Fire map on 11 June 2011
The original plan called for stopping the fire in the interior of the Chiricahuas at several key ridges and points. However, given the unusually extreme conditions of dryness and wind, it has not been possible to contain the fire within the rougher terrain. In high winds (of which we've had plenty!), whirlwinds of fire cast embers a couple of miles away from the main fire, and create new fire starts. The primary places where containment efforts are working are down in the flats at the base of the mountains, and that is why the new fallback lines are drawn so far away from the currently active fire. The crews are bringing the fire to them, where it can be managed.
Within the Chiricahua National Monument, fire is burning in Jesse James Canyon and upper Rhyolite Canyon. Here standard suppression tools are not being used, beyond protecting structures and possibly igniting fire on ridges, using helicopters, in order to create a lower intensity burn. Suppression tools carry their own impacts, and here fire is mainly being allowed to burn through the monument, and fire lines are going around it. The very rugged cliffs and hoodoos should afford some natural barriers to fire, and it's my hope that a mosaic burn can happen, as long as wind remains calmer while fire is moving through the monument.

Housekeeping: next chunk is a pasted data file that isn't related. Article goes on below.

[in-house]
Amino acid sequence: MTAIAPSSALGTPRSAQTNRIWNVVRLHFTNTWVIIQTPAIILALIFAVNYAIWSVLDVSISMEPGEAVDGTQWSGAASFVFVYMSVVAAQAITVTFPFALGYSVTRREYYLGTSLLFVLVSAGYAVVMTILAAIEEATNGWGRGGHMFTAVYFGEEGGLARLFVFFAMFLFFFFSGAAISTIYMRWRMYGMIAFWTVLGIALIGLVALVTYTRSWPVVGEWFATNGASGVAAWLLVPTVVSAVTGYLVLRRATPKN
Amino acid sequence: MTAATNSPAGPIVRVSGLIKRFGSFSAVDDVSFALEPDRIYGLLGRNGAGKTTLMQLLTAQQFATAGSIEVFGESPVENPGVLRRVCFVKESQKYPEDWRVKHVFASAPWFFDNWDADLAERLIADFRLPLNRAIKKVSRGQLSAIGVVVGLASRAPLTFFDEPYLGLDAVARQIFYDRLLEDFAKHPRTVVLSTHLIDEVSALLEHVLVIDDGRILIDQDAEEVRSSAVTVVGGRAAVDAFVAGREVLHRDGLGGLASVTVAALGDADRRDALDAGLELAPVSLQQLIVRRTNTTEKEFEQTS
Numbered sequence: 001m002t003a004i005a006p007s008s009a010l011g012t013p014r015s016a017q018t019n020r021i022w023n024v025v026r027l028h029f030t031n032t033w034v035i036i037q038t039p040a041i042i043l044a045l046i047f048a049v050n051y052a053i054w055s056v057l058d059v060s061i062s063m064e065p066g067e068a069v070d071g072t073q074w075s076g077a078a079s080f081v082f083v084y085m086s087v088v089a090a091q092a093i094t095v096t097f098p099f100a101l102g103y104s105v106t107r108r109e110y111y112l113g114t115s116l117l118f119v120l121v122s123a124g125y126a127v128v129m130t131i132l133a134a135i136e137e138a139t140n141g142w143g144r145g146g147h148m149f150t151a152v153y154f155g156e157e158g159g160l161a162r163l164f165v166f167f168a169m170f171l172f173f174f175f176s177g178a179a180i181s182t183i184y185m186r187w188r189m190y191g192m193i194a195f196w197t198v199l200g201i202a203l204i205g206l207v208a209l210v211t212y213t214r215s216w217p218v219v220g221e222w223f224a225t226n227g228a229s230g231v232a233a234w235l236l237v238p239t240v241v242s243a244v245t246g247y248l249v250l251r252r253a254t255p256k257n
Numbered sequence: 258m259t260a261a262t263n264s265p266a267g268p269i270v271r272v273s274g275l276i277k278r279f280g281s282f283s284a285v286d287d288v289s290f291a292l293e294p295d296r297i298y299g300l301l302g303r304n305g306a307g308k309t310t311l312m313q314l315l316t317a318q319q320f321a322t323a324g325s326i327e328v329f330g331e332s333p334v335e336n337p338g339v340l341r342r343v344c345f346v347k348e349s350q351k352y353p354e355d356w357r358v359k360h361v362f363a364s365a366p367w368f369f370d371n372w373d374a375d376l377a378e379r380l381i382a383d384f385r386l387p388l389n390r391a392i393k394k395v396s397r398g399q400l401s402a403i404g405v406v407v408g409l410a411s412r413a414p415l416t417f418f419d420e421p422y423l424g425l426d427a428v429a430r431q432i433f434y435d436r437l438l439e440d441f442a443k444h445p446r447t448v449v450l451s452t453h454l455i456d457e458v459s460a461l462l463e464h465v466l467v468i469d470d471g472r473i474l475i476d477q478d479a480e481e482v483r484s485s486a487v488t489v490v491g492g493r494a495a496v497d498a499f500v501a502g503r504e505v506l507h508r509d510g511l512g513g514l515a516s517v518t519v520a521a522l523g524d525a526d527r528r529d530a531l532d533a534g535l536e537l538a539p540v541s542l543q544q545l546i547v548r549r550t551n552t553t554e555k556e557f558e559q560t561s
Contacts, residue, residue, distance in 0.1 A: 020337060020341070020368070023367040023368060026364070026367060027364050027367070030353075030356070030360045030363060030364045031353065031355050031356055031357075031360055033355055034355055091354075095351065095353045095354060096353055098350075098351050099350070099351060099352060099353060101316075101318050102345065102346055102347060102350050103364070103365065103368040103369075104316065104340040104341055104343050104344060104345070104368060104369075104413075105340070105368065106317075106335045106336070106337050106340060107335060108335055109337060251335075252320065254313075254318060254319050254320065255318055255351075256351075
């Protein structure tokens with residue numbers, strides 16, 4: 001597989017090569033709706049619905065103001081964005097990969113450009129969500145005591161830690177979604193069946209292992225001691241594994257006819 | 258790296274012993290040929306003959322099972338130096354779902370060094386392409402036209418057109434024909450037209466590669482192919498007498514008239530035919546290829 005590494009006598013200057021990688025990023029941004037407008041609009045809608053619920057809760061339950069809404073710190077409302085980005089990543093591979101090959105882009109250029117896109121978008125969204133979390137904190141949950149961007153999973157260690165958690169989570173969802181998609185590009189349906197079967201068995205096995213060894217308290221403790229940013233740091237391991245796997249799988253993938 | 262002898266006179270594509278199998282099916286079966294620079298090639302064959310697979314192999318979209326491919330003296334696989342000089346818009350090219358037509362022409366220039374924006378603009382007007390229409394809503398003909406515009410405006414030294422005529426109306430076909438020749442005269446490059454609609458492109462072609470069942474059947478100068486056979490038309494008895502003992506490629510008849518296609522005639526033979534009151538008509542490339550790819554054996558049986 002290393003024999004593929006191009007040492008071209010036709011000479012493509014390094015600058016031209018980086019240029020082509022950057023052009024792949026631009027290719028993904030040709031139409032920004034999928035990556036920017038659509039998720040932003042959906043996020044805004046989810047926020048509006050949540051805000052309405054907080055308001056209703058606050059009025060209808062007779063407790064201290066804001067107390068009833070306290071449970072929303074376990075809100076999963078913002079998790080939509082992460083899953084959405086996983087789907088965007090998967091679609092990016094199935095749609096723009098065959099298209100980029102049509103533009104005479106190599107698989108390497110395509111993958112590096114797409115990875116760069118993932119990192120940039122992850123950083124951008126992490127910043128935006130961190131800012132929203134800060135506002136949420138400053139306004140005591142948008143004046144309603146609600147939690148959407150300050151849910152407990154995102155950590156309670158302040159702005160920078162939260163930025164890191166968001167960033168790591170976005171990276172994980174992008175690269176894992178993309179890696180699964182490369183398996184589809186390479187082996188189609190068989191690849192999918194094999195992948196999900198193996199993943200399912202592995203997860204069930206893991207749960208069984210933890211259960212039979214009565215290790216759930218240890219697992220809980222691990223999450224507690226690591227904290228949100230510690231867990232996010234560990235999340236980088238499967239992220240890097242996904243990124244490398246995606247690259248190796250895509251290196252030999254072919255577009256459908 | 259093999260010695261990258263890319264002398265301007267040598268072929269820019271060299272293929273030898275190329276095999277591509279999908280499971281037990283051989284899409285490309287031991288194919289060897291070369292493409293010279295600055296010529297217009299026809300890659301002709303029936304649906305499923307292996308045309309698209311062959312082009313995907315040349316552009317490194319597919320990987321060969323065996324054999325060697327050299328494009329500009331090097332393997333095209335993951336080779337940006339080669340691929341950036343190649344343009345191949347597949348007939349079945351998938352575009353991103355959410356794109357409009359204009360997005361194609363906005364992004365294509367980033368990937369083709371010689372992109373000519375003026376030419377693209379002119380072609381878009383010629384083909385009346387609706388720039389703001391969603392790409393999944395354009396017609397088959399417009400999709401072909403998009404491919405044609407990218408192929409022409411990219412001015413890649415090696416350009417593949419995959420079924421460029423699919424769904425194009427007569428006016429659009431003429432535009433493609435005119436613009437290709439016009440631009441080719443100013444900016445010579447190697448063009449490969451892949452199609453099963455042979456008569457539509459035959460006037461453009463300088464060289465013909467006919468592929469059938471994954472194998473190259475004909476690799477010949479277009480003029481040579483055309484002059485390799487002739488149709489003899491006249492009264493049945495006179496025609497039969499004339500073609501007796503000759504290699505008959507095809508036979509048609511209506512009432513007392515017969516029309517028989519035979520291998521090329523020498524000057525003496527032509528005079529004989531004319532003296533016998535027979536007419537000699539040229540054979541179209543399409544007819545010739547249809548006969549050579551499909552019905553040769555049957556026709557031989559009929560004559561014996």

Detail of Horseshoe Two Fire entering Chiricahua National Monument
In Pinery Canyon and West Turkey Creek, the fire was active yesterday due to wind flow through the canyons, but it was constrained by water drops.
Detail of active fire in West Turkey Creek area on 11 June 2011
At the far northern edge of the fire, lighter fuels will be running out, and segments of the perimeter line are being connected to achieve containment. In Whitetail Canyon, mop-up work continues today.
Better news is that some of the big trees in the Rustler Park area survived. Apparently not many, but some is better than none, which was originally feared to be the case. In other areas, glimmers of green remain. We won't really know the condition of the high country until the smoke clears, ashes settle, and the first rains start to revive the burn. Raymond VanBuskirk hiked Bear Canyon behind our house, which burned intensively during the first night of the fire, and found a few big madrone trees still alive.
A community meeting with the fire team is set for 6 PM tonight at the Rodeo Community Center. Joining them will be representatives from the Coronado National Forest, National Park Service, and State of Arizona.
As of this morning, the burn covers 134,615 acres and is 45% contained. 23 structures have been destroyed, most of them outbuildings. 1,153 people are working to put out the Horseshoe Two Fire.